New Hardness Results for the Permanent Using Linear Optics

Authors Daniel Grier, Luke Schaeffer

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Daniel Grier
  • MIT, Cambridge, USA
Luke Schaeffer
  • MIT, Cambridge, USA

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Daniel Grier and Luke Schaeffer. New Hardness Results for the Permanent Using Linear Optics. In 33rd Computational Complexity Conference (CCC 2018). Leibniz International Proceedings in Informatics (LIPIcs), Volume 102, pp. 19:1-19:29, Schloss Dagstuhl – Leibniz-Zentrum für Informatik (2018)


In 2011, Aaronson gave a striking proof, based on quantum linear optics, that the problem of computing the permanent of a matrix is #P-hard. Aaronson's proof led naturally to hardness of approximation results for the permanent, and it was arguably simpler than Valiant's seminal proof of the same fact in 1979. Nevertheless, it did not show #P-hardness of the permanent for any class of matrices which was not previously known. In this paper, we present a collection of new results about matrix permanents that are derived primarily via these linear optical techniques. First, we show that the problem of computing the permanent of a real orthogonal matrix is #P-hard. Much like Aaronson's original proof, this implies that even a multiplicative approximation remains #P-hard to compute. The hardness result even translates to permanents of orthogonal matrices over the finite field F_{p^4} for p != 2, 3. Interestingly, this characterization is tight: in fields of characteristic 2, the permanent coincides with the determinant; in fields of characteristic 3, one can efficiently compute the permanent of an orthogonal matrix by a nontrivial result of Kogan. Finally, we use more elementary arguments to prove #P-hardness for the permanent of a positive semidefinite matrix. This result shows that certain probabilities of boson sampling experiments with thermal states are hard to compute exactly, despite the fact that they can be efficiently sampled by a classical computer.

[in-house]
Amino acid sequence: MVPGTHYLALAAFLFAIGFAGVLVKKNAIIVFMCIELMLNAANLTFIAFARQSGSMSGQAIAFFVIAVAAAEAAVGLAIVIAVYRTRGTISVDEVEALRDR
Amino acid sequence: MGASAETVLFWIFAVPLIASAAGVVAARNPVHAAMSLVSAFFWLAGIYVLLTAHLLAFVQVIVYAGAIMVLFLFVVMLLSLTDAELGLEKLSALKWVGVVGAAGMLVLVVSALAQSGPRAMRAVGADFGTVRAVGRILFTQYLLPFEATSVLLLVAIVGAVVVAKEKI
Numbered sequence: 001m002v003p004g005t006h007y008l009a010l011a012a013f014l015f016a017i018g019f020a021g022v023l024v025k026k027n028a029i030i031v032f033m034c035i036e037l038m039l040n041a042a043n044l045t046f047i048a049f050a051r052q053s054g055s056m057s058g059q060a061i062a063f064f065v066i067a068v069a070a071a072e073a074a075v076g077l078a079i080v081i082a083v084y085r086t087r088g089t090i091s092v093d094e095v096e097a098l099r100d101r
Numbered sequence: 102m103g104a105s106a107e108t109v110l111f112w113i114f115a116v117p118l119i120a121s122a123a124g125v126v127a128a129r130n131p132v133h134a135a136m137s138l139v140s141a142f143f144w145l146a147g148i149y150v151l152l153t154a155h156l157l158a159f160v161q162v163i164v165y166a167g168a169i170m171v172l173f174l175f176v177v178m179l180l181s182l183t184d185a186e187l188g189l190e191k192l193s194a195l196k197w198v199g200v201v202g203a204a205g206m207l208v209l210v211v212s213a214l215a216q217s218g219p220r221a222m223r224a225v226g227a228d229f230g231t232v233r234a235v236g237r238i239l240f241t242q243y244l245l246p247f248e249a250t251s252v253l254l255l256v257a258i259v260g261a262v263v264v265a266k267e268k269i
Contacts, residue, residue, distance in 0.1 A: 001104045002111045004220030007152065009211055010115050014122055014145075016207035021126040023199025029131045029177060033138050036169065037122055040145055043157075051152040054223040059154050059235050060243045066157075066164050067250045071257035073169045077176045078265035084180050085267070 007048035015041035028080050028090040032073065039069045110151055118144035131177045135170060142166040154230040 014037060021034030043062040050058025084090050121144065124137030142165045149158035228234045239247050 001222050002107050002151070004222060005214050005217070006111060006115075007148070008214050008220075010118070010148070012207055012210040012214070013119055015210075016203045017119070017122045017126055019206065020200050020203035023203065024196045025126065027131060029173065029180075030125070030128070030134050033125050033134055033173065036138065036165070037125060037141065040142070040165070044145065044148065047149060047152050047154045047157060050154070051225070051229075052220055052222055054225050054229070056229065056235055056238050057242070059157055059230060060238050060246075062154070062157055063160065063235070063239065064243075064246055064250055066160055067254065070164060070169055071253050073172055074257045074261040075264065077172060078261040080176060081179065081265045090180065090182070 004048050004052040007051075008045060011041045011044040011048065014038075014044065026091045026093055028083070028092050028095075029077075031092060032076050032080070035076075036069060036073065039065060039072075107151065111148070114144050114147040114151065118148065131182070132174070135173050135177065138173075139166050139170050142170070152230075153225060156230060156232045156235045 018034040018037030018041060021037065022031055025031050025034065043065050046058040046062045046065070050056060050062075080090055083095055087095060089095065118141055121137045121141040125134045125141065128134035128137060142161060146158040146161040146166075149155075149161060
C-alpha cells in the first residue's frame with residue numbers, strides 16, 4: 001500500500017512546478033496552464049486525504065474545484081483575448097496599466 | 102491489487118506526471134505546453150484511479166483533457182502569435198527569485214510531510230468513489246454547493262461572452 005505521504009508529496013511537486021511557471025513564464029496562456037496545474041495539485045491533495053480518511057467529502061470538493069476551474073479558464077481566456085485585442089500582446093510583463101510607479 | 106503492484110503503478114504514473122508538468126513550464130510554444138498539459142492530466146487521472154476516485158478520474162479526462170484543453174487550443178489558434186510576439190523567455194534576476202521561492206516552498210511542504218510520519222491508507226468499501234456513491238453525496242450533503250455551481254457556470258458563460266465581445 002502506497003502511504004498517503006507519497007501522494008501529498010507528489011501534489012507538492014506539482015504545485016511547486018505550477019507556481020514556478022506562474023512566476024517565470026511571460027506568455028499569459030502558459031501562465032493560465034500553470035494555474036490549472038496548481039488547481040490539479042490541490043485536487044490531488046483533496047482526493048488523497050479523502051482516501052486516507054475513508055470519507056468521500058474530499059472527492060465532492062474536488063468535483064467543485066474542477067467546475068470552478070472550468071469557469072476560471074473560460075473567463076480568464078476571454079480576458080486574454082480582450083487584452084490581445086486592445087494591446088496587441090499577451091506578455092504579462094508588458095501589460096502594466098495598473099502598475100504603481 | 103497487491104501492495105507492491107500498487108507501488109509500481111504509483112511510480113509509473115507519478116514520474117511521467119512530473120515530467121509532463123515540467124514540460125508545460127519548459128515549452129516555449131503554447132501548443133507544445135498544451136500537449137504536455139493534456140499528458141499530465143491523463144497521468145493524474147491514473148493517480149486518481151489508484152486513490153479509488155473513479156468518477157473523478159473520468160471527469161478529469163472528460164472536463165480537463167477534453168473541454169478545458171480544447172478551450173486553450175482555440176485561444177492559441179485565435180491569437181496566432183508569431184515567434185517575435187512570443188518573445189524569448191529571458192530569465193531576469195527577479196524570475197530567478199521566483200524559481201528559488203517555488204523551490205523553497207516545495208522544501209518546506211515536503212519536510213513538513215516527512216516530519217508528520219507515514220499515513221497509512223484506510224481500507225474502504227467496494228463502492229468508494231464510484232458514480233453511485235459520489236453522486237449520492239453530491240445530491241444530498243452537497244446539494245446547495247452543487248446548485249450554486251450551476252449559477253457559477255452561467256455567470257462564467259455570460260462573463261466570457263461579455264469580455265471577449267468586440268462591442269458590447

Subject Classification

ACM Subject Classification
  • Theory of computation → Problems, reductions and completeness
  • Permanent
  • Linear optics
  • #P-hardness
  • Orthogonal matrices


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